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                      • #12
                        What works for me is making sure I use a new double-flare anvil with my flaring tool when I start. I doesn't seem to take much wear on that little 3/16" anvil to ensure an off-center flare. I've thought about investing in a tool to lap the finished flare (see link), but it won't help if the flare is cockeyed. I sure like the nickel-copper brake line. http://koultools.com/product/flare-lapping-tool/

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                        • #13
                          With all these testimonials, its a wonder most don't simply use factory flared lines........I guess if its a concour's car...... but most of our cars are not so. Also, just talking the other day, if you're unlucky not to find a NOS, non rusted brake cylinder(s)..... roll the dice with Dot 5 fluid.....it finds a way to leak in places Dot 3 won't.....

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                          • #14
                            Jim, I believe the Cunifer line is as corrosion-resistant as stainless steel. Just not as pretty, but sure easy to work with. I won't use anything else, now, if I am doing an entire brake system. Might use the old plain steel line if simply replacing a single piece on a driver car.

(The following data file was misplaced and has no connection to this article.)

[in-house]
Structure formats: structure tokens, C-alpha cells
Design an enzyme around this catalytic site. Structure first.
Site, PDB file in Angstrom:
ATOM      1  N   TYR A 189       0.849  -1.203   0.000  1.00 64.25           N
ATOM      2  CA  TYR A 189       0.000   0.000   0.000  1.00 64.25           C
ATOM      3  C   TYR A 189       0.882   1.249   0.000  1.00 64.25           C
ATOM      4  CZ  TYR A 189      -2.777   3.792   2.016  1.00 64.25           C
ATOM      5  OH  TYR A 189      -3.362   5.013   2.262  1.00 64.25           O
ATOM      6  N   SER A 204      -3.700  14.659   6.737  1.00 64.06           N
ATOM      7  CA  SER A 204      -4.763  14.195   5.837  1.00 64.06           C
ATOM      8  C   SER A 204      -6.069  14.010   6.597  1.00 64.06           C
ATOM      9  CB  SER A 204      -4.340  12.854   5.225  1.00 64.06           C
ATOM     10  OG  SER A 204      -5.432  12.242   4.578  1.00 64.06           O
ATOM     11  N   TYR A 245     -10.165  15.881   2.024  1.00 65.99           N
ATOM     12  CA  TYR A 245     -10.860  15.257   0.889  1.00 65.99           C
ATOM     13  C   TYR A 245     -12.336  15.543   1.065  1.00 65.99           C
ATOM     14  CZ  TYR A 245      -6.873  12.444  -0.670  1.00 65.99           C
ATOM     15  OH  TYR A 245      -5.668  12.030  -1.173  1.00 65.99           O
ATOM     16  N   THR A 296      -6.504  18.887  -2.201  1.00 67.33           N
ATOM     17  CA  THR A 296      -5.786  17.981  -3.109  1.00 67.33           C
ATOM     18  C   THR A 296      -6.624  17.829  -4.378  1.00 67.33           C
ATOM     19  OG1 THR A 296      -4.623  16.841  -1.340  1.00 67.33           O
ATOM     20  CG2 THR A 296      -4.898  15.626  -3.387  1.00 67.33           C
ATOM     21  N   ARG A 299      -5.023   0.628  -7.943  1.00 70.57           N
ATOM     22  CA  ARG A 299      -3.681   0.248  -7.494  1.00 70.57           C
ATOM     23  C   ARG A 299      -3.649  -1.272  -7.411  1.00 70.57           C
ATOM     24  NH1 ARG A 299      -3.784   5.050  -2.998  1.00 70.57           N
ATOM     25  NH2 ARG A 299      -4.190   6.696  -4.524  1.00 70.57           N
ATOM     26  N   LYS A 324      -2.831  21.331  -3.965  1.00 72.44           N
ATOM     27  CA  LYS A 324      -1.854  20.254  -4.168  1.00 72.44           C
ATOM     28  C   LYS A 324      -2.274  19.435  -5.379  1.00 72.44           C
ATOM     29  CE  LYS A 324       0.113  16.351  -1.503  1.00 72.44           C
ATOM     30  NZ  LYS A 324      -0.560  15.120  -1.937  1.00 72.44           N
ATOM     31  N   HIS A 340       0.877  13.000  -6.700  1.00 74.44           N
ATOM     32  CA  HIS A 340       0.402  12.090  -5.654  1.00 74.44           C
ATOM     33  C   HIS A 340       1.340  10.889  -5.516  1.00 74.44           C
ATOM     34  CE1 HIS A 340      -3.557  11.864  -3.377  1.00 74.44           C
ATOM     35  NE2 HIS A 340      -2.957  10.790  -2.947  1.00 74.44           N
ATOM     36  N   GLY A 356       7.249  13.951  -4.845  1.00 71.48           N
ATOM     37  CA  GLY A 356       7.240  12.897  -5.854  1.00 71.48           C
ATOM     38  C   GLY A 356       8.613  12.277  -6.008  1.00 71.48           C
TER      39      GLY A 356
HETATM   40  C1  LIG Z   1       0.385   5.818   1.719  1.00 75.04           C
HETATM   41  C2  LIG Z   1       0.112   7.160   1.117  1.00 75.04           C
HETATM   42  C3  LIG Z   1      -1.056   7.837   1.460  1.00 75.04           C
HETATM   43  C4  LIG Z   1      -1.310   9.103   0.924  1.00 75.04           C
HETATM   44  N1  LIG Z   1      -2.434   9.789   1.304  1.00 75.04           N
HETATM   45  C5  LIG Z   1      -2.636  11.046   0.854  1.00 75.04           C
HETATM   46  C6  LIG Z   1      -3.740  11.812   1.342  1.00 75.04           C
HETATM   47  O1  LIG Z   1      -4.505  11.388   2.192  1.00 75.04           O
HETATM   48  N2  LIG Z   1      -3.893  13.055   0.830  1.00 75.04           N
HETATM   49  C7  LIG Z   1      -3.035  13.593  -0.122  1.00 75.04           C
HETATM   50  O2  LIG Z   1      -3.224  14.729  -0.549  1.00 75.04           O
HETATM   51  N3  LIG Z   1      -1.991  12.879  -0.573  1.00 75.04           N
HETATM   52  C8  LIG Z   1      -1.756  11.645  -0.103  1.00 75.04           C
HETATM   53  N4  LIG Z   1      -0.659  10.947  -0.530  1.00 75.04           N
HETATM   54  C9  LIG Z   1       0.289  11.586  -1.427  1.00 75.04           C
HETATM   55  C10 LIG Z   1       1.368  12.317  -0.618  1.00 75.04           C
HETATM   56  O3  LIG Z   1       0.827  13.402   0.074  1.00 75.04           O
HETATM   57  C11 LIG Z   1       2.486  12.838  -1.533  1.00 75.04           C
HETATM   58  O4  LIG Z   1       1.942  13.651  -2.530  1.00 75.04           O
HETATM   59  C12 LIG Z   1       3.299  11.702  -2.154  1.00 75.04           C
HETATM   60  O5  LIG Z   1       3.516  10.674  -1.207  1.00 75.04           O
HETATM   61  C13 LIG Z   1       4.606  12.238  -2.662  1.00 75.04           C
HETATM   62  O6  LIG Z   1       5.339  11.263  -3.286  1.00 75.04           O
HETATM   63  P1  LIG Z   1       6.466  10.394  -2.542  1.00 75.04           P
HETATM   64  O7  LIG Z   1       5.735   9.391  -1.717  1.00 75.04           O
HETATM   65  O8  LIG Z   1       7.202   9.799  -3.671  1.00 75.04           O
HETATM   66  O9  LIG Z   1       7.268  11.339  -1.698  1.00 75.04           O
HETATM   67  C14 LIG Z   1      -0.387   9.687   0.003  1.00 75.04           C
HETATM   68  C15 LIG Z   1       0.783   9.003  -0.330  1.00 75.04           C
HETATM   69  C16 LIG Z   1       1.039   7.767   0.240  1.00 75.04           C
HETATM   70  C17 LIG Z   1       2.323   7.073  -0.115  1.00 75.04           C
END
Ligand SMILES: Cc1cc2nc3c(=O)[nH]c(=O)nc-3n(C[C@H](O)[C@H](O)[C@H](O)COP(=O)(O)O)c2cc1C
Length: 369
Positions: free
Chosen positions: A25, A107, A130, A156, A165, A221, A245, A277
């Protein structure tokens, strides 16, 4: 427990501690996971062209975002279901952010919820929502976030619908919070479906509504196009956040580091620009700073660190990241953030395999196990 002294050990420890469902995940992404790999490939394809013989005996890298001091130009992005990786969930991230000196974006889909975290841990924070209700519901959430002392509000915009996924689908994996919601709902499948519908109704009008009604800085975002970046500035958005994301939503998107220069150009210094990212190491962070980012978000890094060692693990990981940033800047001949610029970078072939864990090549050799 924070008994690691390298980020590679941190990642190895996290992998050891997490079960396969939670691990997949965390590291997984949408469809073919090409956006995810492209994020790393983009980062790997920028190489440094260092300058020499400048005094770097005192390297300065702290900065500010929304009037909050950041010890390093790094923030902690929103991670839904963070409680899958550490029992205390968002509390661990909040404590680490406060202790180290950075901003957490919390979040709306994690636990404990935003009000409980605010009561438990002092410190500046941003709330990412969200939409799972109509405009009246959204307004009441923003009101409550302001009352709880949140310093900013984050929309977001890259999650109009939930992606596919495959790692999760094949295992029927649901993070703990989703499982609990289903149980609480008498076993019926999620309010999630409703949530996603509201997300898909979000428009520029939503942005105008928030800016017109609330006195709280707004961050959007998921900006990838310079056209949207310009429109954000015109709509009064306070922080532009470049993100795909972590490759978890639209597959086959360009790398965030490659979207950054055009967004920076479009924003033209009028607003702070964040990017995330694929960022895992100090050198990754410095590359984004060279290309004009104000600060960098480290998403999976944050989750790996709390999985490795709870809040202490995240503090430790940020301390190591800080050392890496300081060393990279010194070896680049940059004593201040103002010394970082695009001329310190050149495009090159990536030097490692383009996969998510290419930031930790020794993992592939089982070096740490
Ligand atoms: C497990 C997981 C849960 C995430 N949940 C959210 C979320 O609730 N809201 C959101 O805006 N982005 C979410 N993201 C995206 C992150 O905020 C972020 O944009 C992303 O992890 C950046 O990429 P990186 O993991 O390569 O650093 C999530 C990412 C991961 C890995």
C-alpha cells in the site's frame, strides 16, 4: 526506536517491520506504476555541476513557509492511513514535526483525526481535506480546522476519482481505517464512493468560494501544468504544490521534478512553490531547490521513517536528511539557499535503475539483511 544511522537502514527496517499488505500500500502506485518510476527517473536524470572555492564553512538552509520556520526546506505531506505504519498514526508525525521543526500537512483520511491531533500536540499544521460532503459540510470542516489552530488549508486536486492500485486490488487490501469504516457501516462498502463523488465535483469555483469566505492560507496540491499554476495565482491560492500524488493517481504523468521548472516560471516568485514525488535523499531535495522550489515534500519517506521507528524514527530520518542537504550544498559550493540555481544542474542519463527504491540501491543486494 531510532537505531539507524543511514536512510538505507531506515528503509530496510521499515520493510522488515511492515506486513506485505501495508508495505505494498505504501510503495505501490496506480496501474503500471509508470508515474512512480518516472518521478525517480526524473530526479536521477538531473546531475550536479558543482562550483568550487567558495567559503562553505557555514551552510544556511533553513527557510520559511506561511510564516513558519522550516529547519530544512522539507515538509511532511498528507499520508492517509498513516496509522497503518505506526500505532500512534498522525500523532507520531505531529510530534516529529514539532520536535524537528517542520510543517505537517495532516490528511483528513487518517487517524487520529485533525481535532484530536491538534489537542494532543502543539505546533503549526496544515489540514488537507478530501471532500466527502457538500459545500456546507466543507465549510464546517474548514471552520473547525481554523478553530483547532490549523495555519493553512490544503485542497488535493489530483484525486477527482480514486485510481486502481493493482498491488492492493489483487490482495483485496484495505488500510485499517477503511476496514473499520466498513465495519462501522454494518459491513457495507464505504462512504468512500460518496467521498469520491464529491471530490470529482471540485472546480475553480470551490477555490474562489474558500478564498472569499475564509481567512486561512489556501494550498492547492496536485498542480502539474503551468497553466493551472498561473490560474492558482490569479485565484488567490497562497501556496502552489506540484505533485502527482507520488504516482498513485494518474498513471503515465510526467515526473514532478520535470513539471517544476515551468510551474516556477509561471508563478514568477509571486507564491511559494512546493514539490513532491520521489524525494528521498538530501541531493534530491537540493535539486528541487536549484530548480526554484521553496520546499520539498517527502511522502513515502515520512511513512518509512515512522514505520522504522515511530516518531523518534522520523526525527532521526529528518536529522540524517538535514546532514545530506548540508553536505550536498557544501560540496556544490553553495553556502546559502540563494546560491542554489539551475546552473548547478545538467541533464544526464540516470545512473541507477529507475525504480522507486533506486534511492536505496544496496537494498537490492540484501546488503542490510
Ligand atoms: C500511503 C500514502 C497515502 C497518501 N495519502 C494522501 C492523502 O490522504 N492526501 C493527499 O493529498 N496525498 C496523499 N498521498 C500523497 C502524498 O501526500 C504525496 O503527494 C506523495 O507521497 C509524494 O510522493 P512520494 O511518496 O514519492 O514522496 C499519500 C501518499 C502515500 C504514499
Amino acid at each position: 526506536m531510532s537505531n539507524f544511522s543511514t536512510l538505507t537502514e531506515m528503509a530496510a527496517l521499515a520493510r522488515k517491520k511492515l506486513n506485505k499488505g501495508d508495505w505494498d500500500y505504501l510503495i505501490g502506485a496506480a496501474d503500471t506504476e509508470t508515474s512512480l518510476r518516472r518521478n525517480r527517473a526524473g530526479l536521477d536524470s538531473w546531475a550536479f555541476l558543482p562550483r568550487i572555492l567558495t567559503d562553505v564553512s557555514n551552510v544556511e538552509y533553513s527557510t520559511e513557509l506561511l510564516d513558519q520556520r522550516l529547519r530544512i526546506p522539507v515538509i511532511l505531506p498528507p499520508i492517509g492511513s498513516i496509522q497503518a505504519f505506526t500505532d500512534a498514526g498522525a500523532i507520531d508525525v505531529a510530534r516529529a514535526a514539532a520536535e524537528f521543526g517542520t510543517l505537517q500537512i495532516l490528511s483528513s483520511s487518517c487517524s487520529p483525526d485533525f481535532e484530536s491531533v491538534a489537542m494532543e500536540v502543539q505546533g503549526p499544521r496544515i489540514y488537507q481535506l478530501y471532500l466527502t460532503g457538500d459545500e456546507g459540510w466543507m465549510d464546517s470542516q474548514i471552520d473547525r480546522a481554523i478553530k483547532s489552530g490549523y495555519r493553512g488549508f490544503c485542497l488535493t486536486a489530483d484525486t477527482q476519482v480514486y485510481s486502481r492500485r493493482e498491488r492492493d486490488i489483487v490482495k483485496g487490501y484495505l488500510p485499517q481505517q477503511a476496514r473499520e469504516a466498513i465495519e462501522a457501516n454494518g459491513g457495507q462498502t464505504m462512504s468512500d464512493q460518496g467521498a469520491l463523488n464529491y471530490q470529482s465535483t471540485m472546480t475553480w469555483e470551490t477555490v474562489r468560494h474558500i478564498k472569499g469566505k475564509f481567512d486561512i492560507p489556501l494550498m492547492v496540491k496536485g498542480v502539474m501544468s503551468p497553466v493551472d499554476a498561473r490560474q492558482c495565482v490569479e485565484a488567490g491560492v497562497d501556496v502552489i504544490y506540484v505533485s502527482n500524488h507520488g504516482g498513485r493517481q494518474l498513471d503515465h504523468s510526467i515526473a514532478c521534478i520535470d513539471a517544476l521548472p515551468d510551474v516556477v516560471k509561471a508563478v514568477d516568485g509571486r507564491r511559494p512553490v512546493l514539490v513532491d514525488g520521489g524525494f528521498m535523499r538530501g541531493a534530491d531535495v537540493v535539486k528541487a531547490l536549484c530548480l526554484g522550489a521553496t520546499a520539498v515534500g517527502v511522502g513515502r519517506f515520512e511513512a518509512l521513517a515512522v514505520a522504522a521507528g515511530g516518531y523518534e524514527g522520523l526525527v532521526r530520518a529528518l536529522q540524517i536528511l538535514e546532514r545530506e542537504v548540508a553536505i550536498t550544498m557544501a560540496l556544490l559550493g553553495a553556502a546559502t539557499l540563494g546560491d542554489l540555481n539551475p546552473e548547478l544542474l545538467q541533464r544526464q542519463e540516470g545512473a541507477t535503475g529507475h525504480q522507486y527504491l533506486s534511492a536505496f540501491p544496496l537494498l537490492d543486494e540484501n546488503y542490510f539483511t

Gord Richmond, within Weasel range of the Alberta Badlands

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                            • #15
                              I do like and I am using Dot 5 fluid and I agree it is much more prone to leak. I have eliminated , I hope all the leaks. Backing off and retightening the fittings. I also always coat all the fittings and lines with brake fluid before I start to assemble. I guess I'm just crying now, figure at least 10 flares per car I've done lately at least 10 cars for free, friends and family, 100 flares, and not one leak! I do my own and have problems. Not fair.
                              I did try to locate those Flare savers/gaskets. No luck, One hydraulic shop said they could order the 3/16 ", package of 100, for about $70. They never heard of them until I gave them the Parker part number.